I live on a quarter-acre lot. I’m replacing my lawn with raised garden beds. (Know what the number one crop raised in the United States is? Grass. For lawns. More on that later.) Current garden bed count: thirteen. My wife grows stuff there. Collards, tomatoes, broccoli, sugar peas, Swiss chard, several varieties of beans, lettuce, spinach, zucchini, squash, did I say tomatoes, basil, lavender, assorted herbs, and much more. And she cans food the old-fashioned way, in little jars, so we can eat throughout the winter. Home-grown food, without the “benefit” of chemicals. And my fruit trees (twenty-four of them at last count) are just beginning to bud. I may get apples and pears this year, and I’ll have peaches if I can convince the squirrels that peaches are bad for them and their children.
None of my money goes to fast food. No money goes to processed food. Less time is spent worrying about health and listening to kick-back-receiving doctors who want to prescribe questionable drugs.
Next step is to find locally sourced eggs, cheese, and meat. Stuff I can track and be certain I’m not ingesting chemicals and hormones that will play chicken with my health.
Seems somehow un-American, huh.
“Faulty research in the 1960’s leads to USDA dietary guidelines restricting fat while downplaying sugar.”
“Bowling Green and Sweden have sustained recent terrorist attacks.”
“Singing the blues to your hound dog invites depression and lethargy. For the dog.”
Sorry, Nemo. I never guessed.
It is so, so easy to hear something from a trusted friend, read something on a trusted website, or hear something on the news, and parrot it. Repeat it verbatim. Golly, it sounds convincing, maybe it’s right. And why would I want to go through the difficult process of verifying such information?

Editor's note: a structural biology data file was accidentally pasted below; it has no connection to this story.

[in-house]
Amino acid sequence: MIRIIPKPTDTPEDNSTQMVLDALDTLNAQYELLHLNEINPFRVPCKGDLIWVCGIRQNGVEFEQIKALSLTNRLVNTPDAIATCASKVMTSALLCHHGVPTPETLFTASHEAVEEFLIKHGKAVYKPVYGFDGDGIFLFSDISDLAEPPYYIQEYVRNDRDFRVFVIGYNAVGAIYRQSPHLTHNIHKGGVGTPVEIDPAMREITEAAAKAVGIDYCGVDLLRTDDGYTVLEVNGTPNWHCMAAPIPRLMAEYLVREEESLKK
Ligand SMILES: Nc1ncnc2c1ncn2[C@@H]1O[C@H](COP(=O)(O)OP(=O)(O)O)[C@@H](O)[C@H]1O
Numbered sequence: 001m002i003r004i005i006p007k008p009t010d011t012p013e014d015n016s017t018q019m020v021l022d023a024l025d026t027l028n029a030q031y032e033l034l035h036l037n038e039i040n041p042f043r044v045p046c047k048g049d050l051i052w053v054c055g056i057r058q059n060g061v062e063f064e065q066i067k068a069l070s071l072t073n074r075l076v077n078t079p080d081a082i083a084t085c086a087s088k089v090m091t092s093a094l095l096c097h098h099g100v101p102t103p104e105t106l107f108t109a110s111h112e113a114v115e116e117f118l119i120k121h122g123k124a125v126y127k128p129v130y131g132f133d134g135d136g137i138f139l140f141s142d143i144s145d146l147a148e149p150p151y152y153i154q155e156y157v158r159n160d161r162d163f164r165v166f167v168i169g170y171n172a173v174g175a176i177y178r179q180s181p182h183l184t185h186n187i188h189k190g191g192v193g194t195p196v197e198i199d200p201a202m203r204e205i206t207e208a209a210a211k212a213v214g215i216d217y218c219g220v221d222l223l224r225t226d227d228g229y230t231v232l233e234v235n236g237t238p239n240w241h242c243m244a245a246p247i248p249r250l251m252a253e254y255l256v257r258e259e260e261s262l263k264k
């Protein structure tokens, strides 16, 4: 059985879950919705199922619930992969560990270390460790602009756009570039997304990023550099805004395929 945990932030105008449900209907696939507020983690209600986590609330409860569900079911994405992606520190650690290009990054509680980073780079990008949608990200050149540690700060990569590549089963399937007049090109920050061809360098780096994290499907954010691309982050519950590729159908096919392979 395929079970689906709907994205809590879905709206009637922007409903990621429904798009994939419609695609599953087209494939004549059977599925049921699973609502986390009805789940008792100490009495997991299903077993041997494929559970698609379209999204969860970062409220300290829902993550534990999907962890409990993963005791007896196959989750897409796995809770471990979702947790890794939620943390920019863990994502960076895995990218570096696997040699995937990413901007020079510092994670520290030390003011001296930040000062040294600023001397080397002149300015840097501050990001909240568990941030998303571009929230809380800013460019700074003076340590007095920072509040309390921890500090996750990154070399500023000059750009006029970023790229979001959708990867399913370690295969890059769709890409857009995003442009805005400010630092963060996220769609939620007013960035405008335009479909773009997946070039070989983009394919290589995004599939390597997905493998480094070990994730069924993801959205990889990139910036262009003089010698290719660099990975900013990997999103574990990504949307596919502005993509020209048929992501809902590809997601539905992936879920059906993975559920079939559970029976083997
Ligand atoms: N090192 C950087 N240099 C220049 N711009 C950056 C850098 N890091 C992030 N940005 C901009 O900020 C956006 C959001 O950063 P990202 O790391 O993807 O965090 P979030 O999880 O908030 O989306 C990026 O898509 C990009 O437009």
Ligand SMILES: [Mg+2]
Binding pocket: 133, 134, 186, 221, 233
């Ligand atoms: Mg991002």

Funny. Seems like our schools are doing just that, right? Providing facts and figures, and expecting students to spit them back. (I think I’m qualified to say that, ‘cause I taught middle school for a while, and I believe that inspiring critical thinking in our students, though valued by teachers generally, takes a back seat to preparing facts to be regurgitated for the state tests. What kind of minds are we developing here? Information retrieval systems?)
Information is at our very fingertips. Why, I’ve looked up several things while writing this. (Did you know we use the term “Luddite” improperly? So I’m a Neo-Luddite! More on that later.)
How dare you, intelligent reader, how dare you hear something and just spit it back as truth. Verify it, please. Like my college professor used to say: “Just because one idiot writes something and another idiot prints it don’t make it true!”
Check. Double-check. Form your opinion. Then, and only then, open your mouth and speak.
I fear we, products of our education, are used to taking facts and spitting them up. Please, verify. Challenge. Question. Never, never, never be satisfied with the status quo. And don’t just choose sources that echo your thoughts! Find an alternate point of view to challenge you.
So there we are. Smartphone is gone, and it’s replaced with a technological dodo. I’m eating well, exercising, and becoming healthy. And I’ll be taking my news in several formats.
In the eternal words of Victor Laszlo, “Welcome back to the fight.”